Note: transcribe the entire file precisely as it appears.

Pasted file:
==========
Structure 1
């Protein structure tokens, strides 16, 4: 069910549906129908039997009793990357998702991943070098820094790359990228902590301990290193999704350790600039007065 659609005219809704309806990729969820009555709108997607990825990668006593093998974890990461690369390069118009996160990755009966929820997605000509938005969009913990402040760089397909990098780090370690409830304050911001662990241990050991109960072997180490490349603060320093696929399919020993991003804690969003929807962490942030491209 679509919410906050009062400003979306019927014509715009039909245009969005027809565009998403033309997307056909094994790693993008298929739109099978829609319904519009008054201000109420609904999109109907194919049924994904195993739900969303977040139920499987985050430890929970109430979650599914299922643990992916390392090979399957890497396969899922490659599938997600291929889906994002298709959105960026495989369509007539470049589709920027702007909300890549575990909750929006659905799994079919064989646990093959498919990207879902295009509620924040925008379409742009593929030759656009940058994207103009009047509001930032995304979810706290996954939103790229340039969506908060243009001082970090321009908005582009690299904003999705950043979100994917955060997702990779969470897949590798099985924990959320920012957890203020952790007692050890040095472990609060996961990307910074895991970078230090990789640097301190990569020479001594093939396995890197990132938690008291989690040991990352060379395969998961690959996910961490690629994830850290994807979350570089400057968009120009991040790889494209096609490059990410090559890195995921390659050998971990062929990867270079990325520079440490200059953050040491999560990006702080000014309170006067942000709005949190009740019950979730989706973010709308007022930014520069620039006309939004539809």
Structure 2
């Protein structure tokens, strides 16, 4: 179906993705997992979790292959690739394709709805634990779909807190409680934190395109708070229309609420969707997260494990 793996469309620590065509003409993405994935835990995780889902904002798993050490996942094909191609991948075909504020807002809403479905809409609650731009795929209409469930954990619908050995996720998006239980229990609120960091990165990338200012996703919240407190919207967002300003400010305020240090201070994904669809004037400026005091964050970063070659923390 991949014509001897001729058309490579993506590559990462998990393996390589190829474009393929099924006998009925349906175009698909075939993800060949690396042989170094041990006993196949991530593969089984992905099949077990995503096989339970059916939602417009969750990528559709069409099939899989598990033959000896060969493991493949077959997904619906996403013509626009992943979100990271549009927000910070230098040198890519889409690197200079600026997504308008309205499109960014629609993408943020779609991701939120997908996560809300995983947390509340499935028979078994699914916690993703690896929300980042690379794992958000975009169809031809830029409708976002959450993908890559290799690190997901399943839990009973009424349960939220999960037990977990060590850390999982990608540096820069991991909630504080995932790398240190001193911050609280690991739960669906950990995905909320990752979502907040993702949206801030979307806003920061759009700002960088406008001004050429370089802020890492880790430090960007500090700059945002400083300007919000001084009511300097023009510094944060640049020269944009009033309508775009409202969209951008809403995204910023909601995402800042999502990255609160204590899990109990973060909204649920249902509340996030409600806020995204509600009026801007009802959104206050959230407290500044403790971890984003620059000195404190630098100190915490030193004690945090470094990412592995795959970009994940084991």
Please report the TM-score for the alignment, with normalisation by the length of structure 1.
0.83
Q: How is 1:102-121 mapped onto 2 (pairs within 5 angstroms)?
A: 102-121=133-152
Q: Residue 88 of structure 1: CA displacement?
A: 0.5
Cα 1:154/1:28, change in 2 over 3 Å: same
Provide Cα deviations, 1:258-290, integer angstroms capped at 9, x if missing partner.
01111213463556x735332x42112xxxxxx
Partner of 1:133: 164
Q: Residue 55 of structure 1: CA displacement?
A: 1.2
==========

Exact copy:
Structure 1
């Protein structure tokens, strides 16, 4: 069910549906129908039997009793990357998702991943070098820094790359990228902590301990290193999704350790600039007065 659609005219809704309806990729969820009555709108997607990825990668006593093998974890990461690369390069118009996160990755009966929820997605000509938005969009913990402040760089397909990098780090370690409830304050911001662990241990050991109960072997180490490349603060320093696929399919020993991003804690969003929807962490942030491209 679509919410906050009062400003979306019927014509715009039909245009969005027809565009998403033309997307056909094994790693993008298929739109099978829609319904519009008054201000109420609904999109109907194919049924994904195993739900969303977040139920499987985050430890929970109430979650599914299922643990992916390392090979399957890497396969899922490659599938997600291929889906994002298709959105960026495989369509007539470049589709920027702007909300890549575990909750929006659905799994079919064989646990093959498919990207879902295009509620924040925008379409742009593929030759656009940058994207103009009047509001930032995304979810706290996954939103790229340039969506908060243009001082970090321009908005582009690299904003999705950043979100994917955060997702990779969470897949590798099985924990959320920012957890203020952790007692050890040095472990609060996961990307910074895991970078230090990789640097301190990569020479001594093939396995890197990132938690008291989690040991990352060379395969998961690959996910961490690629994830850290994807979350570089400057968009120009991040790889494209096609490059990410090559890195995921390659050998971990062929990867270079990325520079440490200059953050040491999560990006702080000014309170006067942000709005949190009740019950979730989706973010709308007022930014520069620039006309939004539809």
Structure 2
């Protein structure tokens, strides 16, 4: 179906993705997992979790292959690739394709709805634990779909807190409680934190395109708070229309609420969707997260494990 793996469309620590065509003409993405994935835990995780889902904002798993050490996942094909191609991948075909504020807002809403479905809409609650731009795929209409469930954990619908050995996720998006239980229990609120960091990165990338200012996703919240407190919207967002300003400010305020240090201070994904669809004037400026005091964050970063070659923390 991949014509001897001729058309490579993506590559990462998990393996390589190829474009393929099924006998009925349906175009698909075939993800060949690396042989170094041990006993196949991530593969089984992905099949077990995503096989339970059916939602417009969750990528559709069409099939899989598990033959000896060969493991493949077959997904619906996403013509626009992943979100990271549009927000910070230098040198890519889409690197200079600026997504308008309205499109960014629609993408943020779609991701939120997908996560809300995983947390509340499935028979078994699914916690993703690896929300980042690379794992958000975009169809031809830029409708976002959450993908890559290799690190997901399943839990009973009424349960939220999960037990977990060590850390999982990608540096820069991991909630504080995932790398240190001193911050609280690991739960669906950990995905909320990752979502907040993702949206801030979307806003920061759009700002960088406008001004050429370089802020890492880790430090960007500090700059945002400083300007919000001084009511300097023009510094944060640049020269944009009033309508775009409202969209951008809403995204910023909601995402800042999502990255609160204590899990109990973060909204649920249902509340996030409600806020995204509600009026801007009802959104206050959230407290500044403790971890984003620059000195404190630098100190915490030193004690945090470094990412592995795959970009994940084991």
Please report the TM-score for the alignment, with normalisation by the length of structure 1.
0.83
Q: How is 1:102-121 mapped onto 2 (pairs within 5 angstroms)?
A: 102-121=133-152
Q: Residue 88 of structure 1: CA displacement?
A: 0.5
Cα 1:154/1:28, change in 2 over 3 Å: same
Provide Cα deviations, 1:258-290, integer angstroms capped at 9, x if missing partner.
01111213463556x735332x42112xxxxxx
Partner of 1:133: 164
Q: Residue 55 of structure 1: CA displacement?
A: 1.2